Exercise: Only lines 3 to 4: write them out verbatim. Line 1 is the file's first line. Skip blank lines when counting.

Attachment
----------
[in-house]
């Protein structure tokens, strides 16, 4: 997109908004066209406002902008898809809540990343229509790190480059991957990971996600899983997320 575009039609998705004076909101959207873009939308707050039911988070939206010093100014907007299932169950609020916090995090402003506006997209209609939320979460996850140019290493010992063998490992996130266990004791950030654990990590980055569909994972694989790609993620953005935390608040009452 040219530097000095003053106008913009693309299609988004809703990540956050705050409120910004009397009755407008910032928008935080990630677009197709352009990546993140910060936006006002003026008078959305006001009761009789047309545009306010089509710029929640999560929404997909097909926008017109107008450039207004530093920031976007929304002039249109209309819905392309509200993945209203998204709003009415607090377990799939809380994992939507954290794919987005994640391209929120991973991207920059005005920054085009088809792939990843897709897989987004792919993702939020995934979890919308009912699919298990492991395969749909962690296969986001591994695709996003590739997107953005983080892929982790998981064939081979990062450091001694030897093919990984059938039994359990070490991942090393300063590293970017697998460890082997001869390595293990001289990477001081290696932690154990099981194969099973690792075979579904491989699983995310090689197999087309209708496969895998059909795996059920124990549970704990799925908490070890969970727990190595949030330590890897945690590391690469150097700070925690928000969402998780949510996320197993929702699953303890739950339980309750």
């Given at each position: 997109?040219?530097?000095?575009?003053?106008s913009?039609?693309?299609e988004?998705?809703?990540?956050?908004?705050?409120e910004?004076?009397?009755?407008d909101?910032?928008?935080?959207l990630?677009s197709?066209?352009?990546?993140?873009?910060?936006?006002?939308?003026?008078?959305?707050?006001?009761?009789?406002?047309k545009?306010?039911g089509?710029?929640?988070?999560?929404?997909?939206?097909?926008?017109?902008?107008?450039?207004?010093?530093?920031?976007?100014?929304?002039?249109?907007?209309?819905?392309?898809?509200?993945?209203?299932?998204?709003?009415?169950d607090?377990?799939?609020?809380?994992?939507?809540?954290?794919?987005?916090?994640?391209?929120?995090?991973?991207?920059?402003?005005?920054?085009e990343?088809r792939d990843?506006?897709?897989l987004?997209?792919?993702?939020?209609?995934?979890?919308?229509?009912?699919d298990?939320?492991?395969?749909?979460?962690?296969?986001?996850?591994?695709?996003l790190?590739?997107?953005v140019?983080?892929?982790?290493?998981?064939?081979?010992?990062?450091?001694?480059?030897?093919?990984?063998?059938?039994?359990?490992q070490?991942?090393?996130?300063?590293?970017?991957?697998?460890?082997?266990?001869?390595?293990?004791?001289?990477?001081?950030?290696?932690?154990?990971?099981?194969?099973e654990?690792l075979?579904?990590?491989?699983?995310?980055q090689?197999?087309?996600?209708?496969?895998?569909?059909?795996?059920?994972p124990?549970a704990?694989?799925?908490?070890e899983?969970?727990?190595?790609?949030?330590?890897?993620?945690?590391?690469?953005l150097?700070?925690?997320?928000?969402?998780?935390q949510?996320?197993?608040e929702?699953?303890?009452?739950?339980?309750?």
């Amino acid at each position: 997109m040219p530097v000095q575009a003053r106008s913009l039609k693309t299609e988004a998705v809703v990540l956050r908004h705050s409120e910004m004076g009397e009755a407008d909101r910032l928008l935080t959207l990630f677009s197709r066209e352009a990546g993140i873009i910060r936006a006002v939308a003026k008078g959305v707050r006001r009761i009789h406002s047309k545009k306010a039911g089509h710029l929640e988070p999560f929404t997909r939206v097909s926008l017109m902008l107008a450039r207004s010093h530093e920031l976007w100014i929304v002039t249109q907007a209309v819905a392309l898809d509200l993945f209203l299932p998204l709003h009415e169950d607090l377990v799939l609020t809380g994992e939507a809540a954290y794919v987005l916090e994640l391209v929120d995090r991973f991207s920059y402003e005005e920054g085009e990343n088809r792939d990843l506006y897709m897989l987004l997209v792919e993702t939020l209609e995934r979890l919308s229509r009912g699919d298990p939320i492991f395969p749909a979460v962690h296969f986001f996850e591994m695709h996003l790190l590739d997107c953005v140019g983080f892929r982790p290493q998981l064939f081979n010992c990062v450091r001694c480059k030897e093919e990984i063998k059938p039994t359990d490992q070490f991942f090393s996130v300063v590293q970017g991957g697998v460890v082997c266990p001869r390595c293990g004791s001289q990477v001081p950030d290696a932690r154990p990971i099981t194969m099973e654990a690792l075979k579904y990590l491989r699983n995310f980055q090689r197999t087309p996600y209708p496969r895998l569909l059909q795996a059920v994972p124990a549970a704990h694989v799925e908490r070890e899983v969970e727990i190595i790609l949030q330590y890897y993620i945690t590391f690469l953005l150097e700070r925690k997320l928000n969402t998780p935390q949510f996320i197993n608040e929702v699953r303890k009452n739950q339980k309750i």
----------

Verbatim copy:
């Given at each position: 997109?040219?530097?000095?575009?003053?106008s913009?039609?693309?299609e988004?998705?809703?990540?956050?908004?705050?409120e910004?004076?009397?009755?407008d909101?910032?928008?935080?959207l990630?677009s197709?066209?352009?990546?993140?873009?910060?936006?006002?939308?003026?008078?959305?707050?006001?009761?009789?406002?047309k545009?306010?039911g089509?710029?929640?988070?999560?929404?997909?939206?097909?926008?017109?902008?107008?450039?207004?010093?530093?920031?976007?100014?929304?002039?249109?907007?209309?819905?392309?898809?509200?993945?209203?299932?998204?709003?009415?169950d607090?377990?799939?609020?809380?994992?939507?809540?954290?794919?987005?916090?994640?391209?929120?995090?991973?991207?920059?402003?005005?920054?085009e990343?088809r792939d990843?506006?897709?897989l987004?997209?792919?993702?939020?209609?995934?979890?919308?229509?009912?699919d298990?939320?492991?395969?749909?979460?962690?296969?986001?996850?591994?695709?996003l790190?590739?997107?953005v140019?983080?892929?982790?290493?998981?064939?081979?010992?990062?450091?001694?480059?030897?093919?990984?063998?059938?039994?359990?490992q070490?991942?090393?996130?300063?590293?970017?991957?697998?460890?082997?266990?001869?390595?293990?004791?001289?990477?001081?950030?290696?932690?154990?990971?099981?194969?099973e654990?690792l075979?579904?990590?491989?699983?995310?980055q090689?197999?087309?996600?209708?496969?895998?569909?059909?795996?059920?994972p124990?549970a704990?694989?799925?908490?070890e899983?969970?727990?190595?790609?949030?330590?890897?993620?945690?590391?690469?953005l150097?700070?925690?997320?928000?969402?998780?935390q949510?996320?197993?608040e929702?699953?303890?009452?739950?339980?309750?």
């Amino acid at each position: 997109m040219p530097v000095q575009a003053r106008s913009l039609k693309t299609e988004a998705v809703v990540l956050r908004h705050s409120e910004m004076g009397e009755a407008d909101r910032l928008l935080t959207l990630f677009s197709r066209e352009a990546g993140i873009i910060r936006a006002v939308a003026k008078g959305v707050r006001r009761i009789h406002s047309k545009k306010a039911g089509h710029l929640e988070p999560f929404t997909r939206v097909s926008l017109m902008l107008a450039r207004s010093h530093e920031l976007w100014i929304v002039t249109q907007a209309v819905a392309l898809d509200l993945f209203l299932p998204l709003h009415e169950d607090l377990v799939l609020t809380g994992e939507a809540a954290y794919v987005l916090e994640l391209v929120d995090r991973f991207s920059y402003e005005e920054g085009e990343n088809r792939d990843l506006y897709m897989l987004l997209v792919e993702t939020l209609e995934r979890l919308s229509r009912g699919d298990p939320i492991f395969p749909a979460v962690h296969f986001f996850e591994m695709h996003l790190l590739d997107c953005v140019g983080f892929r982790p290493q998981l064939f081979n010992c990062v450091r001694c480059k030897e093919e990984i063998k059938p039994t359990d490992q070490f991942f090393s996130v300063v590293q970017g991957g697998v460890v082997c266990p001869r390595c293990g004791s001289q990477v001081p950030d290696a932690r154990p990971i099981t194969m099973e654990a690792l075979k579904y990590l491989r699983n995310f980055q090689r197999t087309p996600y209708p496969r895998l569909l059909q795996a059920v994972p124990a549970a704990h694989v799925e908490r070890e899983v969970e727990i190595i790609l949030q330590y890897y993620i945690t590391f690469l953005l150097e700070r925690k997320l928000n969402t998780p935390q949510f996320i197993n608040e929702v699953r303890k009452n739950q339980k309750i």